New York plans to invest $38 million in biotech centers at four institutions around the city.
The applied research and development facilities will be at Columbia University, Montefiore-Einstein, the New York Stem Cell Foundation, and Rockefeller University.
The $38 million in infrastructure grants are part of the LifeSci NYC initiative, a 10-year, $500 million program meant to establish the city as a public health destination.
Each of the new facilities will focus on fostering partnerships between academic scientists and biotech and pharmaceutical companies with the goals of advancing new treatments for patients and growing the industry locally.
"We're going to bring together some of the top researchers in the world and some of the top entrepreneurs in the world to intensify research and development, to come up with new treatments, to come up with solutions," Mayor Bill de Blasio said at a press conference Thursday. "Nowhere do you find that ability to create and solve problems more than in New York City."
Here's a look at the plans at each institution:
The university's Therapeutic Validation Center will receive up to $9 million to create research facilities for turning early-stage research into new startup companies.
The center will be located within the university's existing facilities, and it will be open to scientists and entrepreneurs throughout the city, regardless of affiliation, according to the mayor's office. Columbia is talking with commercial partners about joining the initiative.
The Therapeutic Validation Center will use advanced mass spectrometry imaging technology to create medicines that work by analyzing and orchestrating the behavior of individual cells to eliminate disease.
Montefiore Medical Center
Montefiore Medical Center and its medical school, the Albert Einstein College of Medicine, will start the Einstein-Montefiore Biotechnology Accelerated Research Center.
The center will create a biomanufacturing operation focused on cell, gene and antibody therapy production. It will be located on Montefiore’s Einstein campus in Morris Park in the Bronx, and will be open to early-stage and established companies.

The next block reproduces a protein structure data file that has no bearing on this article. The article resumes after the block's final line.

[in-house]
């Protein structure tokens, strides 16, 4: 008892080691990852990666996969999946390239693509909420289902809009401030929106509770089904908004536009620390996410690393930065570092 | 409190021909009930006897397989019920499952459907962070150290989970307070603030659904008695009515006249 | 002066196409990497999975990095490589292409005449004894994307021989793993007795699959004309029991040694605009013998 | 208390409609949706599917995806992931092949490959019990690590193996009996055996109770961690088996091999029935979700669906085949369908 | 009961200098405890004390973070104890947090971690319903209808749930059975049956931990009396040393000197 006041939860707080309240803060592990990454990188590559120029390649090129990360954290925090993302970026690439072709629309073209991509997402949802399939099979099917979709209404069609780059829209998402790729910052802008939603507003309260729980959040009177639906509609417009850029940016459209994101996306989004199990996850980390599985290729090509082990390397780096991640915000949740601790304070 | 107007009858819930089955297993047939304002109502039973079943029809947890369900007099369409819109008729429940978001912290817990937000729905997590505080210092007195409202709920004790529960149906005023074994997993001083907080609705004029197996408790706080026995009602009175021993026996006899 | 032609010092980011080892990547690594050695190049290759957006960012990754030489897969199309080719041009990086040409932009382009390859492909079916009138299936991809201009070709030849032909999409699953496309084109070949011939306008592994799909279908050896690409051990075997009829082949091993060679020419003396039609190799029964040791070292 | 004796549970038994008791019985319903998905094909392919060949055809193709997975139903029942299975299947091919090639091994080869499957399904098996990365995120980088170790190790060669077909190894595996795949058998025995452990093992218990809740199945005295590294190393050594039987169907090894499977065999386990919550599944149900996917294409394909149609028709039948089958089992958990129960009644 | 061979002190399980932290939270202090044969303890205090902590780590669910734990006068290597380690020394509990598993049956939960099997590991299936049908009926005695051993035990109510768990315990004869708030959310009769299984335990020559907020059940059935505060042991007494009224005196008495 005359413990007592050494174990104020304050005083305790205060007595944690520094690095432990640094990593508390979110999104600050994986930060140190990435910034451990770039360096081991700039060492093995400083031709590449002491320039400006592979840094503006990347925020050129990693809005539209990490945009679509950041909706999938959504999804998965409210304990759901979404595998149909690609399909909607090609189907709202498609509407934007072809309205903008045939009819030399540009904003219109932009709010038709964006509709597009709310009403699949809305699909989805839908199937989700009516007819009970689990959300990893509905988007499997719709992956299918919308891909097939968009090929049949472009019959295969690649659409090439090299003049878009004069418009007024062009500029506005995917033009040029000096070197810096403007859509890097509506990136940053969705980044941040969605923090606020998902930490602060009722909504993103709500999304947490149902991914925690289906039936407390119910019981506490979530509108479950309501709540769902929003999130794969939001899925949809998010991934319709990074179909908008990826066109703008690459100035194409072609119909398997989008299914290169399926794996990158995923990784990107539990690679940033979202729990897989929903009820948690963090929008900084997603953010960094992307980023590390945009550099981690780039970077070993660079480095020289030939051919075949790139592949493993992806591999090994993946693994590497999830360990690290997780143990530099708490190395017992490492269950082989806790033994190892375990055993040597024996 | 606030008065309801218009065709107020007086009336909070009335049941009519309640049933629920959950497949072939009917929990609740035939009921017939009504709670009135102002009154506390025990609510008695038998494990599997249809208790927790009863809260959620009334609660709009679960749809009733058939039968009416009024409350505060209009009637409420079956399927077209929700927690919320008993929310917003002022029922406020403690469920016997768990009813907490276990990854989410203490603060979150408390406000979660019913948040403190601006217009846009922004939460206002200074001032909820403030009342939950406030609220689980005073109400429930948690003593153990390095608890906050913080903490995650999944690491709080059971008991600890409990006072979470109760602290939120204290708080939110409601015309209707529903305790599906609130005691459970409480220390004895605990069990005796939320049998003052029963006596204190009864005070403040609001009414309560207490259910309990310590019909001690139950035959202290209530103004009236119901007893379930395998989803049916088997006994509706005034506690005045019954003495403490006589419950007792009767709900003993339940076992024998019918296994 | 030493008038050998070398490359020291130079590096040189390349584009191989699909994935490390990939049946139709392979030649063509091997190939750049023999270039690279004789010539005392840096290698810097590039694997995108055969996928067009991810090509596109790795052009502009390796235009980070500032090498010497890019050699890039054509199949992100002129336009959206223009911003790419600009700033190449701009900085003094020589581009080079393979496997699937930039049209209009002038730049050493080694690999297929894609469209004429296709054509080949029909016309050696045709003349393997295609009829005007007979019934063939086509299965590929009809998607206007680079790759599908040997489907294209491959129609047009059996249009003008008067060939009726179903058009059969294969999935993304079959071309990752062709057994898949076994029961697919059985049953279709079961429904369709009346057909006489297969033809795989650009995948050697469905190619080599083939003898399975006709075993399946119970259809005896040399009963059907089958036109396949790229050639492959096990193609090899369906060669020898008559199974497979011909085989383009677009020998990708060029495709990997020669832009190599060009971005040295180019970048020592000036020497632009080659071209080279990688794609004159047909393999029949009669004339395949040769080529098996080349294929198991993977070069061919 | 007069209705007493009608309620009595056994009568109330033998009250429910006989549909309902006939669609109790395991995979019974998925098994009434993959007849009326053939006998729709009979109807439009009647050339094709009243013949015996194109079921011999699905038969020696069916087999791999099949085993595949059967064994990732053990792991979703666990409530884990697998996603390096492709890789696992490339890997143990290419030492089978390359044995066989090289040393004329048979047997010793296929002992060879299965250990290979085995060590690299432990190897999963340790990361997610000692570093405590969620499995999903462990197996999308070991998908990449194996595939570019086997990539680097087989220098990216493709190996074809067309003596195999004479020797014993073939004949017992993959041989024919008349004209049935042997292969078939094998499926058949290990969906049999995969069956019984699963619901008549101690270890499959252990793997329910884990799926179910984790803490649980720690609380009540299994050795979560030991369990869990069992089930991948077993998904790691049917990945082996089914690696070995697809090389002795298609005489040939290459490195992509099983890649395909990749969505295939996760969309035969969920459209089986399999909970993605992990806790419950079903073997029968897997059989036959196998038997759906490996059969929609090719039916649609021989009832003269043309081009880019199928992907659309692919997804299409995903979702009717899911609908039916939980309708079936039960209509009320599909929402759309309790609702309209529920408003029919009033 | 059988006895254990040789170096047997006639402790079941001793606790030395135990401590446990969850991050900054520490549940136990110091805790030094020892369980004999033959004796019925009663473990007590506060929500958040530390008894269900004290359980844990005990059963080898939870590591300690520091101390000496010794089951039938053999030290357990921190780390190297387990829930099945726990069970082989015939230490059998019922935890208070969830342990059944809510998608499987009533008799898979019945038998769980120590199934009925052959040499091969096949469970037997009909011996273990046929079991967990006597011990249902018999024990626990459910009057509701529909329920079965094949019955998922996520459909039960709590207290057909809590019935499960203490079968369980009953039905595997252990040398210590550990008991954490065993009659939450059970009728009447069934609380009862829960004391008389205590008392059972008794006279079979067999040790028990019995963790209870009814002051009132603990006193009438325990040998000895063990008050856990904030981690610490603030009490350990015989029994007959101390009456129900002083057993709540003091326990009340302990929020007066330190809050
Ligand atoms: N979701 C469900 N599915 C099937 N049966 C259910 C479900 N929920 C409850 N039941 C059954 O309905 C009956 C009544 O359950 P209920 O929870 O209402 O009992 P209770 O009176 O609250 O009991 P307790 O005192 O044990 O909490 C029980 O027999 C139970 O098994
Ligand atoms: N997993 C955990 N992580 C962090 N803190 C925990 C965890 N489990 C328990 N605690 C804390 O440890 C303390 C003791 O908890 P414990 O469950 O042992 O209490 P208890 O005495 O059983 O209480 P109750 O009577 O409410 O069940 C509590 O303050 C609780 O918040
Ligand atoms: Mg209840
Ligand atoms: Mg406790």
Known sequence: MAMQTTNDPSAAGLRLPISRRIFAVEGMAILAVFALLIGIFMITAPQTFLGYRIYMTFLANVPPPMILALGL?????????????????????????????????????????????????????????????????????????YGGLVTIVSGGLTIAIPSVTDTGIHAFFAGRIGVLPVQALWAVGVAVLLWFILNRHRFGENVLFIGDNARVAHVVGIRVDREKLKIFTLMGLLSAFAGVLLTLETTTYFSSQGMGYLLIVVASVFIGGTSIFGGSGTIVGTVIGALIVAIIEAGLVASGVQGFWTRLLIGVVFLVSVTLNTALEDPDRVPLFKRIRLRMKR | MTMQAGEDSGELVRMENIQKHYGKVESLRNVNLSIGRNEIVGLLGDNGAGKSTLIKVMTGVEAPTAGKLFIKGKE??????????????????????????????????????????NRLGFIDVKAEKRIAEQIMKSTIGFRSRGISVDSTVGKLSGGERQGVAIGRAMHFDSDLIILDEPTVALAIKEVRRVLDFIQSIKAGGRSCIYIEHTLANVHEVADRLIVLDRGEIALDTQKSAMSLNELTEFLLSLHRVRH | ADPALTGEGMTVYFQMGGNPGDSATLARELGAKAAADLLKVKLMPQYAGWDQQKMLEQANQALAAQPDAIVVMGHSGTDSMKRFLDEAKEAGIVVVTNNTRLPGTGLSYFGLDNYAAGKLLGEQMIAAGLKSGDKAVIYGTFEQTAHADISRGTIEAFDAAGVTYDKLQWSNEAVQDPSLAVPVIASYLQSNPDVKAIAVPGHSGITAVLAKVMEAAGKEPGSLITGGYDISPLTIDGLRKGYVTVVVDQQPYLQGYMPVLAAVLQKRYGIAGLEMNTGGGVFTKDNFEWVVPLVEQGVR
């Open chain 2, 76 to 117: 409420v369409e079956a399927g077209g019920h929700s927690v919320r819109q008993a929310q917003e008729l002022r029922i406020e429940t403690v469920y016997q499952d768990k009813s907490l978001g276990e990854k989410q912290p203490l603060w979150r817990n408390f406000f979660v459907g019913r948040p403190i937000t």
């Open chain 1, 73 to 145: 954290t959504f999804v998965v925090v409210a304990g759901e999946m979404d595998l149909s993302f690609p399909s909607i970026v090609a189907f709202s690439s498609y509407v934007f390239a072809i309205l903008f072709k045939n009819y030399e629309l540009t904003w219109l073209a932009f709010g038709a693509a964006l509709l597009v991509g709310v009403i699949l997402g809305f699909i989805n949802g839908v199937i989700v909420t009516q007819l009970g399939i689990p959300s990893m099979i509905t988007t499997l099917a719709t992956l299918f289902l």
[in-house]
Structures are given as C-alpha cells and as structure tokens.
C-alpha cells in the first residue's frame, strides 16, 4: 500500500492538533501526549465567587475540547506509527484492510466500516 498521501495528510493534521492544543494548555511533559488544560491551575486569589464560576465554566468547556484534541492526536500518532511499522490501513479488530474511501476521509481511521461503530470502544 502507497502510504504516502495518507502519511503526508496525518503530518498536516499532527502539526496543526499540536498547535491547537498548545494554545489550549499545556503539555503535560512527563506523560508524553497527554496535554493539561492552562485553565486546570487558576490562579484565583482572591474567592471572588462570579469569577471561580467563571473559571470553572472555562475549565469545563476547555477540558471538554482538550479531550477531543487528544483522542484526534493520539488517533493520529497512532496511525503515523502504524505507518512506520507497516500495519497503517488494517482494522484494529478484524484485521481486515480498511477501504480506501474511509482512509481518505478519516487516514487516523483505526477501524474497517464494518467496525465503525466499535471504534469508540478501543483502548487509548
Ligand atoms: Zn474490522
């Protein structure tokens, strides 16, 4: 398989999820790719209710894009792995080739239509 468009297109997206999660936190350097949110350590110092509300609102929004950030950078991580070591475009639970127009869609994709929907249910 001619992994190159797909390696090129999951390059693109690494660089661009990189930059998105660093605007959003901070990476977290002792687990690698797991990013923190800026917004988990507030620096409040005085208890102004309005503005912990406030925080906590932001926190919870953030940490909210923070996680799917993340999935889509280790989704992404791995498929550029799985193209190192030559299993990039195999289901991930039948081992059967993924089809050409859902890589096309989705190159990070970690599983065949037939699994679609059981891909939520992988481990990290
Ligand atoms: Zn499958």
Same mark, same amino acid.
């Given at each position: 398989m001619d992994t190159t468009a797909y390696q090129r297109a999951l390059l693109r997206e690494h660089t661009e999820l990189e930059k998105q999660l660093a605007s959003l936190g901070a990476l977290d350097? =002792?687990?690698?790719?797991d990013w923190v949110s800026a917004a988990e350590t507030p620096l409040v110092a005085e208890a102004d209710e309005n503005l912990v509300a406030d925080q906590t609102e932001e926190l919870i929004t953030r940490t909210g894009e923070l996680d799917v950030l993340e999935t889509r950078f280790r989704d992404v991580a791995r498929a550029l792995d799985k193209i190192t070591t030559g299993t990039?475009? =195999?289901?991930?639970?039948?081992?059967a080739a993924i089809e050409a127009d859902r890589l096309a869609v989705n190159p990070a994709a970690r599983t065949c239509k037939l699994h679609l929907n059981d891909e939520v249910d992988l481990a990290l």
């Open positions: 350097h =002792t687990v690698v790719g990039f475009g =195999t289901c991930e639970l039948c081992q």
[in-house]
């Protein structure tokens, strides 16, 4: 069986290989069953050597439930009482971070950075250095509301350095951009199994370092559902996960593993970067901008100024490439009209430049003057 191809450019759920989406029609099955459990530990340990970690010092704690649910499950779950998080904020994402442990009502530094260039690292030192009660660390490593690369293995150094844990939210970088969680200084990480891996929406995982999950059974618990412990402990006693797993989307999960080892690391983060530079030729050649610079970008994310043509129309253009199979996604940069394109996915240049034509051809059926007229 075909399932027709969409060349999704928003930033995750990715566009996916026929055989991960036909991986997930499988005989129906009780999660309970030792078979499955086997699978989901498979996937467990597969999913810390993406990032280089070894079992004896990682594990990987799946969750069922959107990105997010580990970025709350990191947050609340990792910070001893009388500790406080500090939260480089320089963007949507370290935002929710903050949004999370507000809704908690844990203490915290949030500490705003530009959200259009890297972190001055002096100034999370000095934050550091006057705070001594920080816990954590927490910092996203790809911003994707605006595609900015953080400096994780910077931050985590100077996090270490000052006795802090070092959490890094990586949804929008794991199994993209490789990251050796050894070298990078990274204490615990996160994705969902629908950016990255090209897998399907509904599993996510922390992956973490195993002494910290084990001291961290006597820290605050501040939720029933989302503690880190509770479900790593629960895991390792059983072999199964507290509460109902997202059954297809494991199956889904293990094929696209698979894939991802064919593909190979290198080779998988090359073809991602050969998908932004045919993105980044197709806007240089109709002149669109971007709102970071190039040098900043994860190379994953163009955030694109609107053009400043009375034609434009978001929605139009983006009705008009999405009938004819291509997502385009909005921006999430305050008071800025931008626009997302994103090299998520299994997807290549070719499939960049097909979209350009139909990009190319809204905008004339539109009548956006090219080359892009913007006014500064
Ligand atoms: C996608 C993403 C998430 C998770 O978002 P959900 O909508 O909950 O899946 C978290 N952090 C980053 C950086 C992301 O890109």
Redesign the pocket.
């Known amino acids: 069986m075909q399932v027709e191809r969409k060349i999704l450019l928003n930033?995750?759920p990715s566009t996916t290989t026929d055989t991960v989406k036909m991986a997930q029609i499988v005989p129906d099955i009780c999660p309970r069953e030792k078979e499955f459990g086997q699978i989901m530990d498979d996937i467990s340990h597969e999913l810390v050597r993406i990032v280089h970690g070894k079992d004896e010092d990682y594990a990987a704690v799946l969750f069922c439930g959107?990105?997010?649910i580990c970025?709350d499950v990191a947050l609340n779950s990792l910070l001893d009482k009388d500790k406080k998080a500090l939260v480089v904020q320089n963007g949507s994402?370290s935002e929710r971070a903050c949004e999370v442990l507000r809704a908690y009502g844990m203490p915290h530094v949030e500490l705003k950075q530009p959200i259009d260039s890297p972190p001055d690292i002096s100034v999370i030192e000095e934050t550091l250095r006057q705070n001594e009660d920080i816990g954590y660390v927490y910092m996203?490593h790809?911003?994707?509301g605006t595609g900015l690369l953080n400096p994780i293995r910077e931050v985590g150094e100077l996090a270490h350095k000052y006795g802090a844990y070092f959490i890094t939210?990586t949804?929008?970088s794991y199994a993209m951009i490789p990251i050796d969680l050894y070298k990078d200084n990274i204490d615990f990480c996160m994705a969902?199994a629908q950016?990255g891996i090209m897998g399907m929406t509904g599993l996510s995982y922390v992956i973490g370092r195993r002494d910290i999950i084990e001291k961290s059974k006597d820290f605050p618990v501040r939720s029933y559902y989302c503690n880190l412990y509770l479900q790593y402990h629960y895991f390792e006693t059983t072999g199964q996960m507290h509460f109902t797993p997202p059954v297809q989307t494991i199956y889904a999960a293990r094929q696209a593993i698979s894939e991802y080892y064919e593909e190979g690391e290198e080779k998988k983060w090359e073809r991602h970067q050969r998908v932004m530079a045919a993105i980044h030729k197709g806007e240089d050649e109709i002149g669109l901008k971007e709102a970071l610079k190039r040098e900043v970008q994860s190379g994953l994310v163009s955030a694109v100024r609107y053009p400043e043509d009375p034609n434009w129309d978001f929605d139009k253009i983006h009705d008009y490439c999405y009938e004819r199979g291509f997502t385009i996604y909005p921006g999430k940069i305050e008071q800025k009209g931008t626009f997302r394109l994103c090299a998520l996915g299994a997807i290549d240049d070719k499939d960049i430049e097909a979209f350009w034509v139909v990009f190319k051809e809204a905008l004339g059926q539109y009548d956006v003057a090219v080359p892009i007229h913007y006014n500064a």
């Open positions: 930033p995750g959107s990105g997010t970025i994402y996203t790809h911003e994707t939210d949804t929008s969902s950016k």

The city plans to award the center $13 million.
"We hope it’ll be a burgeoning area of development in the Bronx," said James Patchett, president and CEO of New York City Economic Development Corp., at the press briefing.
New York Stem Cell Foundation
The city will provide the New York Stem Cell Foundation up to $6.5 million to equip an expansion of its research institute in Midtown West.
The goal is to enable the research to be translated into new drugs and treatments ready for the clinic. Its expansion will also allow for more collaborations with universities, biotech companies, pharmaceutical companies and technology organizations.
"This will allow for the continued growth of stem cell-based therapies to target diseases that are … often untreatable, like glaucoma and Alzheimer's," Patchett said.
The Rockefeller University
The Rockefeller University will receive up to $9 million to convert academic research labs into a new incubator for commercial life sciences.
The incubator will be called the Tri-Institutional Translational Center for Therapeutics. The new facility will also look at converting scientific potential at Memorial Sloan Kettering Cancer Center and Weill Cornell Medicine into high-growth companies.
The life sciences industry has been growing in the city. New York has one of the top 10 life science clusters in the U.S., according to a recent report by brokerage CBRE.
The report looked at size, growth and concentration of life sciences employment, concentration of research and development life sciences employment, size of lab inventory, and amount of life sciences venture capital funding and National Institutes of Health funding. New York ranked No. 8 by those measures.
De Blasio also recently announced New York City will create a pandemic response institute with the goal of preparing for future disease outbreaks and attracting private investment in research into the city.